Thursday, January 28, 2016

Recoil Reduction: Interlude At The Range, Part II

A few days after we had tried the first lot of guns, my wife started asking when we'd go again. So we went back on a Tuesday - Ladies' Day, half off range time and rentals. 

Again, we took my Ruger P95 and Taurus 22PLY. And the first rental: the M&P Shield 9mm. It was assumed by the gun-store employee that I wanted her to try the Shield the last time we had been there, and I had denied the assumption. So this time, it was the first one for us on the range.
My wife was not impressed by the M&P Shield. I thought that it was neat that it was so rounded, but with such a small grip the rounded contours were actually a hinderance to maintaining grip, even for my smallish hands. The safety was annoying to engage but relatively easy to disengage. The slide was easy to rack, and an empty magazine dropped free. The "single-stack" magazine is actually partially staggered.

Next up, the Ruger LC9s. It worked. I felt that the grip was too slim, but I had no problem holding on. My wife was not impressed. The safety was annoying to engage, but relatively easy to disengage. The slide was easy to rack, and an empty magazine dropped free.
Next, the Kahr CW9. I was impressed. The grip was thin, but the texturing front and back really helped maintaining control easily. There is no safety, but I am relatively comfortable with the length of trigger travel to pretty much serve as a replacement. The slide was easy to rack, and an empty magazine dropped free. My wife was relatively impressed.
Finally, the LCR .357 shooting 130-grain Remington range .38 Specials. My wife loved it. She liked the ability to see that it was loaded, and she liked how it felt to shoot it. The double-action trigger was smooth and seemed lighter than the one on the S&W 442. The empty cases did not all drop out easily because of a short ejection rod. That problem could probably be mitigated with technique.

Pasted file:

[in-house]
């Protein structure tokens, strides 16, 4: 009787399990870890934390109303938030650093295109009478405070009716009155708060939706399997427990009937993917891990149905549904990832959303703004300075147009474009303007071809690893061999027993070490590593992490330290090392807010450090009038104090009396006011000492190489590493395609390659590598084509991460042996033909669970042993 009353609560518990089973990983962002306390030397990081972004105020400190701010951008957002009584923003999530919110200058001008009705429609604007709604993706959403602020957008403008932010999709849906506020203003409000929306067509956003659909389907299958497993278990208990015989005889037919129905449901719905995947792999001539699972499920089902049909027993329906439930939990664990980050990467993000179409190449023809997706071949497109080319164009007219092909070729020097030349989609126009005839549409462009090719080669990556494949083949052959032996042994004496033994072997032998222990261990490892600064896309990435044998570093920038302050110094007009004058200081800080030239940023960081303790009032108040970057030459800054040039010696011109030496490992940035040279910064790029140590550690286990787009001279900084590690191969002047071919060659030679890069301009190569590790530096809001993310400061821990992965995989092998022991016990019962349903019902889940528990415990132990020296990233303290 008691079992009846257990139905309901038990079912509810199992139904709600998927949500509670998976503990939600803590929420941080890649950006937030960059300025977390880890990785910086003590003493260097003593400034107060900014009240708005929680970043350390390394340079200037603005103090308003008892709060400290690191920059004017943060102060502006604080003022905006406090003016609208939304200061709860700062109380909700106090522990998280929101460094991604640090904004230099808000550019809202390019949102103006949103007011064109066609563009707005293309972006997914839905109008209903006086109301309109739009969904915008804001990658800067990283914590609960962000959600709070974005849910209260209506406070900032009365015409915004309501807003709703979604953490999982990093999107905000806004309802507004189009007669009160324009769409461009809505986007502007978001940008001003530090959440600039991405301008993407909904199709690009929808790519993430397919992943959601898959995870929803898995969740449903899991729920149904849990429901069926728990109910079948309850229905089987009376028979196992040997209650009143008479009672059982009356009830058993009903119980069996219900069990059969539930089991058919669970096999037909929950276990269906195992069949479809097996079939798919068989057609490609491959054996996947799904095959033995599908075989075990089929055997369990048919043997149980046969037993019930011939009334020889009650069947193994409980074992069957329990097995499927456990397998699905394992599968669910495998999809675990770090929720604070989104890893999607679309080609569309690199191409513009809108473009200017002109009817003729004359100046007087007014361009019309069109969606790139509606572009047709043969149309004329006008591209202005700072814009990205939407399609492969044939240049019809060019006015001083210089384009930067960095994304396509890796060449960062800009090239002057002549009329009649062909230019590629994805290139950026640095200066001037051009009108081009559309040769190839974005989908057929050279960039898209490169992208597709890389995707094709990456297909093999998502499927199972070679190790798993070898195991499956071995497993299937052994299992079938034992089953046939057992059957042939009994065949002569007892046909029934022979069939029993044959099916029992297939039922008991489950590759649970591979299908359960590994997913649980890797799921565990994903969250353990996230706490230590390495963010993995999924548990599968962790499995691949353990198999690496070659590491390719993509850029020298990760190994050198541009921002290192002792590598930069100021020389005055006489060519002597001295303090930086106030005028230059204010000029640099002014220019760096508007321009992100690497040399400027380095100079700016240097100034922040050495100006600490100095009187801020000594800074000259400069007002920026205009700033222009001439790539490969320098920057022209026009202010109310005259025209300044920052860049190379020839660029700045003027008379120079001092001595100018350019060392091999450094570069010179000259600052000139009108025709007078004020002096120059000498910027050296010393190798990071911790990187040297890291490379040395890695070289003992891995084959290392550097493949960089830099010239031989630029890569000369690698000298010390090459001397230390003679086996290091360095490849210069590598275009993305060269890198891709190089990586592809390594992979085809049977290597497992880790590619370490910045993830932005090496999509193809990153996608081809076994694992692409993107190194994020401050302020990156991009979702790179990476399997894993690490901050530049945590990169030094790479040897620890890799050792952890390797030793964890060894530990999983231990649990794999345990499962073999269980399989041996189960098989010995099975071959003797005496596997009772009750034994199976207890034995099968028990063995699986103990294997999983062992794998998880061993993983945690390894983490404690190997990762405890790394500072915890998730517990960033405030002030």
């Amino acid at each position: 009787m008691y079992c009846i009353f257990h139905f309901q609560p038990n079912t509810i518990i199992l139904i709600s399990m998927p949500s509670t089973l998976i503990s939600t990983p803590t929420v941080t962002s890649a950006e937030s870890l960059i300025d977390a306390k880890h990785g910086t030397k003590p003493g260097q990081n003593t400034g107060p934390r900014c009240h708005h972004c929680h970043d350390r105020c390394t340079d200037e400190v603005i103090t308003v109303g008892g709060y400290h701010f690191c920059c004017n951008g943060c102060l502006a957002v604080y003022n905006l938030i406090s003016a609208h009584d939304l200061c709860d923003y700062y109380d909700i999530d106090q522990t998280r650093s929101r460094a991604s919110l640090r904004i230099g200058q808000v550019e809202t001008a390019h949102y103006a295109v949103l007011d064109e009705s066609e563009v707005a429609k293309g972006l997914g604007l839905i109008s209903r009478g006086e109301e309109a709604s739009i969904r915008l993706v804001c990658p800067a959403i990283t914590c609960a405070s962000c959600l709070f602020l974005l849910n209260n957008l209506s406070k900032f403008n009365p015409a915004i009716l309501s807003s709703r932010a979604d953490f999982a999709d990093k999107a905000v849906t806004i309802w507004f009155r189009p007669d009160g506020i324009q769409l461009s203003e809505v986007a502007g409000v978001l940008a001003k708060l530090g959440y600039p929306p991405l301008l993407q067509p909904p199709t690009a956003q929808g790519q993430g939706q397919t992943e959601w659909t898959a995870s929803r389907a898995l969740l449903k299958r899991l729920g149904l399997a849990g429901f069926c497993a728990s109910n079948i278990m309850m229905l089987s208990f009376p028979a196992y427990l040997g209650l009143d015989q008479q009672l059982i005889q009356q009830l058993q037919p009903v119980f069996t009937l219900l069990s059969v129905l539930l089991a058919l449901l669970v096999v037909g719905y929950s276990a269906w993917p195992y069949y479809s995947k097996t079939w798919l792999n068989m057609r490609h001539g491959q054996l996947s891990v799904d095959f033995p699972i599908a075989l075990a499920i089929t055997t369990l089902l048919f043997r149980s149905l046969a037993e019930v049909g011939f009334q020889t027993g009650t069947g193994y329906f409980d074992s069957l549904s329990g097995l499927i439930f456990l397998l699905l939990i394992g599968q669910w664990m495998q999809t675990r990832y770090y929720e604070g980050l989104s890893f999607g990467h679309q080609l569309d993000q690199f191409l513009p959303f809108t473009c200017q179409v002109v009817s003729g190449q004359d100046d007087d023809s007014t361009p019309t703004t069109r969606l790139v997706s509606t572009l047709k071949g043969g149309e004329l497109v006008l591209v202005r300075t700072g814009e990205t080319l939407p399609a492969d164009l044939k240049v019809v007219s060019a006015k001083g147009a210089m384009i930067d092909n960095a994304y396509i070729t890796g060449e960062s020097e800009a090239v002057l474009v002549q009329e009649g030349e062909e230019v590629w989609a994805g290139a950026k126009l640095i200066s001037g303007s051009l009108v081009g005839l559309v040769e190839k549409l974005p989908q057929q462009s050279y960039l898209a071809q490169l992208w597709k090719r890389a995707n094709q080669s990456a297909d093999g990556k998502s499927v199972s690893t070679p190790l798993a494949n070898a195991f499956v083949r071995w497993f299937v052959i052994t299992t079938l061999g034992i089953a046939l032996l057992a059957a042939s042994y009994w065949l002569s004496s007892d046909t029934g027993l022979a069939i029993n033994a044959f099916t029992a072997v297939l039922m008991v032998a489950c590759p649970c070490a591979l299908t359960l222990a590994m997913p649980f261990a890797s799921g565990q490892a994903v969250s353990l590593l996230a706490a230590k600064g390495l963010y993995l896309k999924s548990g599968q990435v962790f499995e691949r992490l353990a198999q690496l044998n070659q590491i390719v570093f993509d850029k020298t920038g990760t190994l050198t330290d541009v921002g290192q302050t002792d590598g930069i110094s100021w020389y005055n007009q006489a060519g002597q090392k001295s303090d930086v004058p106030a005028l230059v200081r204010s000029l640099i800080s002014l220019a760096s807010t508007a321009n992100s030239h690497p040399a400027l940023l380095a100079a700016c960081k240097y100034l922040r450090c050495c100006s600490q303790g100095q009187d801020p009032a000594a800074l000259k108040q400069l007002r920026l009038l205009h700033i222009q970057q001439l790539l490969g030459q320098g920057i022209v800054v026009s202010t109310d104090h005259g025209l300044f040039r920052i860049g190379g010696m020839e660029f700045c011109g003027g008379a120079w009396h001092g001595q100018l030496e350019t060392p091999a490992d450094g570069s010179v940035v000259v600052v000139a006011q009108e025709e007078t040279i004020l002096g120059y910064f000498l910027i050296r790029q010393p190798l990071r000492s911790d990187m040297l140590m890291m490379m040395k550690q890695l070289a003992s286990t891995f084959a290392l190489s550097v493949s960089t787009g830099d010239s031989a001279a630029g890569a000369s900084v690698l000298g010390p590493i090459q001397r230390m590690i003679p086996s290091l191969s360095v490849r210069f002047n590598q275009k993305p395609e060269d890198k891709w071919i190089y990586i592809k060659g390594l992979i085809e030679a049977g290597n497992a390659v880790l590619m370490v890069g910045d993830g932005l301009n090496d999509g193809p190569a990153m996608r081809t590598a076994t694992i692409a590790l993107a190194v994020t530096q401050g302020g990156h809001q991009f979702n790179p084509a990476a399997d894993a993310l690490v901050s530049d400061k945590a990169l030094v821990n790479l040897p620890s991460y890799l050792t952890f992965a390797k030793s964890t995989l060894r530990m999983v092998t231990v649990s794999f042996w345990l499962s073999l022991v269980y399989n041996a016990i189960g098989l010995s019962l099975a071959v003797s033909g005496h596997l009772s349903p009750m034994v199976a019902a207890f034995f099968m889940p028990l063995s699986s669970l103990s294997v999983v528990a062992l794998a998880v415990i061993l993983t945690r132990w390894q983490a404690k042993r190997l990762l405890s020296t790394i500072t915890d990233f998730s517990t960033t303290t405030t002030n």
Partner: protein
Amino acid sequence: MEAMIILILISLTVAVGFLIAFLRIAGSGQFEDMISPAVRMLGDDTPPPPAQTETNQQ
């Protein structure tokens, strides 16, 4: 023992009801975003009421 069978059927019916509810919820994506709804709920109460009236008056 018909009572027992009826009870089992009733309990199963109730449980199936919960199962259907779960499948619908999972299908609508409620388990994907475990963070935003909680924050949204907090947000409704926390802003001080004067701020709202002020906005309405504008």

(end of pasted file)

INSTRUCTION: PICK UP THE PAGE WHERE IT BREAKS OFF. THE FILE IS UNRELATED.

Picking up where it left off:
All firearms were 100% reliable, except for my Taurus 22PLY. It failed to fire with one round, but with a second strike from the DAO trigger the round ignited. My wife seemed to have difficulty extracting all the magazines. I especially noticed that she was not getting them to drop. She was having trouble reaching the mag releases, so she was holding the guns almost horizontally to do so. 

My wife confirmed that she wants a service-caliber firearm, and she has demonstrated to herself that she can handle it. She is concerned that a five-shot revolver might not offer enough rounds for a confrontation - and so and I.

A week later, she still says she liked shooting my Ruger P95 and the Ruger LCR .357. 

For myself at the time , I would choose the S&W 442 for my pocket and the Kahr CW9 for my hip. For my wife, it sounds like the LCR with a colored grip. Of course, this could all change with our next trip to the range.

PREVIOUS: Recoil Reduction: Interlude At The Range, Part I
NEXT:  Recoil Reduction: Interlude At The Range, Epilogue

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